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Food for thought – the art of the museum restaurant

27 January 2020

The following is the editor’s letter from the February 2020 issue of Apollo.

‘An ace caff with quite a nice museum attached.’ That Saatchi & Saatchi punchline, which appeared on six posters promoting the V&A in 1988, still gets wheeled out whenever museum restaurants – or indeed cultural marketing campaigns – are up for discussion. At the time, the posters made the old guard choke on their Chelsea buns; the campaign even cropped up in a debate about the museum in the House of Lords. Reflecting on the controversy in the London Review of Books, Nicholas Penny described how the posters had ‘humiliated one of the greatest educational institutions in Britain’.

That the slogan remains so well known more than 30 years later suggests that the Saatchi brothers had grasped something about the museum sector’s direction of travel. In the intervening decades, museums have increasingly focused on visitor facilities, perhaps chief among them the cafes, restaurants and bars that tempt the public to lengthen their visits and part with their cash. The Royal Academy now boasts three public cafes and restaurants, as well as three catered spaces for its friends and patrons and a further area, the Academicians’ Room, for private members. The Met, its website declares, ‘is a destination for all things art and culture, including dining’, marketing the eating options under headings such as ‘Distinctive Dining’ (the 4th-floor dining room) and ‘Something for Everyone’ (the basement cafeteria). Press releases about museum restaurants drop into my inbox on an almost weekly basis: the new ‘Beyeler Restaurant im Park’; a J&B Rare cocktail launch at the Rex Whistler restaurant at Tate Britain; a ‘mushroom-inspired menu’ to coincide with an exhibition about fungi at Somerset House.

At the V&A, of course, the ‘ace caff’ line played on the history of the place, as the first museum to open a cafe, in the 1850s. From one perspective, the relationship between museums and food is an uneasy one, given that most museum-goers instinctively understand – whether or not they heed the knowledge – that food is banned throughout galleries and exhibition spaces. All the same, food has become increasingly fashionable as a subject for exhibitions, at a time when the choices we make about our diets and where our food comes from are more noisily debated than ever. At the V&A itself last year, ‘FOOD: Bigger than the Plate’ chewed over everything from ‘urban farming to gastronomic experiments and synthetic meat’; ‘Feast & Fast: The Art of Food in Europe, 1500–1800’ at the Fitzwilliam Museum, Cambridge, makes a more historical enquiry into our appetites (until 26 April).

The February issue of Apollo includes the magazine’s first museum restaurant review (read it online here). Its subject is – where else? – the V&A Café, housed in the Refreshment Rooms that were decorated by leading designers from the mid 1860s onwards. Future issues will carry reviews of all manner of museum restaurants, ranging from homespun cafes in house museums to canteens and exclusive eateries in major institutions. Our objective is not, primarily, to assess the food on offer, but to consider more broadly what any given museum restaurant can tell us about how that museum sees itself – and how it treats its visitors.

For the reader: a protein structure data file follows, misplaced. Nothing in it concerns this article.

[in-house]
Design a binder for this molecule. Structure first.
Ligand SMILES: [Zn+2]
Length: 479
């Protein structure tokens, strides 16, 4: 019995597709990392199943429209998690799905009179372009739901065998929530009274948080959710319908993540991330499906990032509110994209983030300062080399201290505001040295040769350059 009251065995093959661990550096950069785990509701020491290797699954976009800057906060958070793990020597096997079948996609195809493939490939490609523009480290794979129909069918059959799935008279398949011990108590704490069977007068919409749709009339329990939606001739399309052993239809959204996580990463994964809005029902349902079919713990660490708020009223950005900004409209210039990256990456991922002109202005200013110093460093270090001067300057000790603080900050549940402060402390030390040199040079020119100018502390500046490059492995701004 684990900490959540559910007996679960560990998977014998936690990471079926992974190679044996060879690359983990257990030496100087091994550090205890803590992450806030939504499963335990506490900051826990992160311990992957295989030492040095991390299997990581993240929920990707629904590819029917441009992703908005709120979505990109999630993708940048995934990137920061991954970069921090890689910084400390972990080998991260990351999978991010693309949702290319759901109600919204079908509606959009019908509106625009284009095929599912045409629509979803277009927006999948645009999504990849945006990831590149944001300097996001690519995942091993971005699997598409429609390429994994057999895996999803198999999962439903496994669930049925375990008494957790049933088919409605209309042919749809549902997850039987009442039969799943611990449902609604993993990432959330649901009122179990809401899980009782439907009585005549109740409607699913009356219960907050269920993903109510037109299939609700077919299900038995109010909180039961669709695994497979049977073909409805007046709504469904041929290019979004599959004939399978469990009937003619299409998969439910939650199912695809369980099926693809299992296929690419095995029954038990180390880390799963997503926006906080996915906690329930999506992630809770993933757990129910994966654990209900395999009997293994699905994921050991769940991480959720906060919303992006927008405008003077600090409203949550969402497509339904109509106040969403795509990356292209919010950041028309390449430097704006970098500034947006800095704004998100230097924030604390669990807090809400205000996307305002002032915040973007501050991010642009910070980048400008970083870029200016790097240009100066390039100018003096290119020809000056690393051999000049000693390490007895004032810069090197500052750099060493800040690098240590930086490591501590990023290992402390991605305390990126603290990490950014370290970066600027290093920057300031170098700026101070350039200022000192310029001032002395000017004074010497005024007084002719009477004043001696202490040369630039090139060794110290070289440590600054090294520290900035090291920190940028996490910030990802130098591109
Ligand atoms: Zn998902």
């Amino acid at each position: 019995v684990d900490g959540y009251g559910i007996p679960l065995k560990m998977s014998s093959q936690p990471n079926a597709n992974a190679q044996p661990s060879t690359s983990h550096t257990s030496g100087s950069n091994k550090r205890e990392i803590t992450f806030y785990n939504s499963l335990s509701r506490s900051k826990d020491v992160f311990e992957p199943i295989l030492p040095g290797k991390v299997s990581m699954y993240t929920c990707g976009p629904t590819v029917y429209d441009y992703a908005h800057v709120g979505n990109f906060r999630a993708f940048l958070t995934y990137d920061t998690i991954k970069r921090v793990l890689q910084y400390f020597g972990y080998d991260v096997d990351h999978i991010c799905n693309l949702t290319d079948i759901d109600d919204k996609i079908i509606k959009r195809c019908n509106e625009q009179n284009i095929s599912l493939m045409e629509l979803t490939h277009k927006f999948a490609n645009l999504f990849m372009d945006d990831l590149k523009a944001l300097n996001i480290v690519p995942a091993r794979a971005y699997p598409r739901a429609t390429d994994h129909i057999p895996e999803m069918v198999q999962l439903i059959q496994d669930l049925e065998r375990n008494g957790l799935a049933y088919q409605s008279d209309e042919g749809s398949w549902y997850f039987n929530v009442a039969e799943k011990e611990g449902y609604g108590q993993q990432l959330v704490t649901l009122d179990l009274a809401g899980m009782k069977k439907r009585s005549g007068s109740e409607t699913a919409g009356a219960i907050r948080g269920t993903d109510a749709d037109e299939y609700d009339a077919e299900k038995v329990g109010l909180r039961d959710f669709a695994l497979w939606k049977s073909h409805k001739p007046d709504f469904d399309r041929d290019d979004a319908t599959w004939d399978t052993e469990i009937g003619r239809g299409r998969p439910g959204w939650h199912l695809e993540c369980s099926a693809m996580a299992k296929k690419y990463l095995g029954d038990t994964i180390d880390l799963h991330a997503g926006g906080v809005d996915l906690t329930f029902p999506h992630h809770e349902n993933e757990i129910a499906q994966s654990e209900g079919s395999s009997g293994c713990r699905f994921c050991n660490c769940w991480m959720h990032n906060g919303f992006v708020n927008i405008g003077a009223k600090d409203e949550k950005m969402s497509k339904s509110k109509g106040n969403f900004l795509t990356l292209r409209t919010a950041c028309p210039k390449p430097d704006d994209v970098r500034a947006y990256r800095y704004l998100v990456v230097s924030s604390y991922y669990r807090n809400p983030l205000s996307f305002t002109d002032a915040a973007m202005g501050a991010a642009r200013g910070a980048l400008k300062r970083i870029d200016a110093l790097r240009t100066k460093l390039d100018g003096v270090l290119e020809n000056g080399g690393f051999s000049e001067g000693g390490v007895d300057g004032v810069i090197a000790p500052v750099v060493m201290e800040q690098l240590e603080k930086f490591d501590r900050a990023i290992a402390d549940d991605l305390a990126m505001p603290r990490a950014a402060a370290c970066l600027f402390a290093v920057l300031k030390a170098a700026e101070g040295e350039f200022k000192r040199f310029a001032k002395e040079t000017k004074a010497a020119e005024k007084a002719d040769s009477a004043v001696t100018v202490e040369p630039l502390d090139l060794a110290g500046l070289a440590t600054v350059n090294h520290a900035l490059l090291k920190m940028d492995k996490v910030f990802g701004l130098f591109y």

Might a restaurant be part of a museum itself, if it displays works from the collection or, like the Rex Whistler, houses a significant mural? Where does the balance lie between quality, value for money for visitors, and the urge to drive revenue into museum coffers? Can menus that take their cue from temporary exhibitions do anything to enrich the visitor’s understanding of that art? (The National Café at the National Gallery has through the winter been offering a ‘Gauguin-inspired afternoon tea’.)

‘Punters scoff a lot of coleslaw in the National Gallery of Ireland,’ reads the last line of a poem in Paul Durcan’s Crazy About Women (1991), a collection inspired by works in the museum’s collection. It’s one of four poems in the book, by my count, that abscond to the museum restaurant when their ostensible stimulus is an individual oil painting – in this case, Grief by Jack Yeats. In another poem, the sitter in a portrait by Reynolds seems to step from the canvas to take his lunchbreak: ‘While waiting for his lasagne to hot up in the microwave / He leans nonchalantly on his swordstick.’ There is something inherently comic about museum restaurants, perhaps, but most museums take them more seriously than ever.

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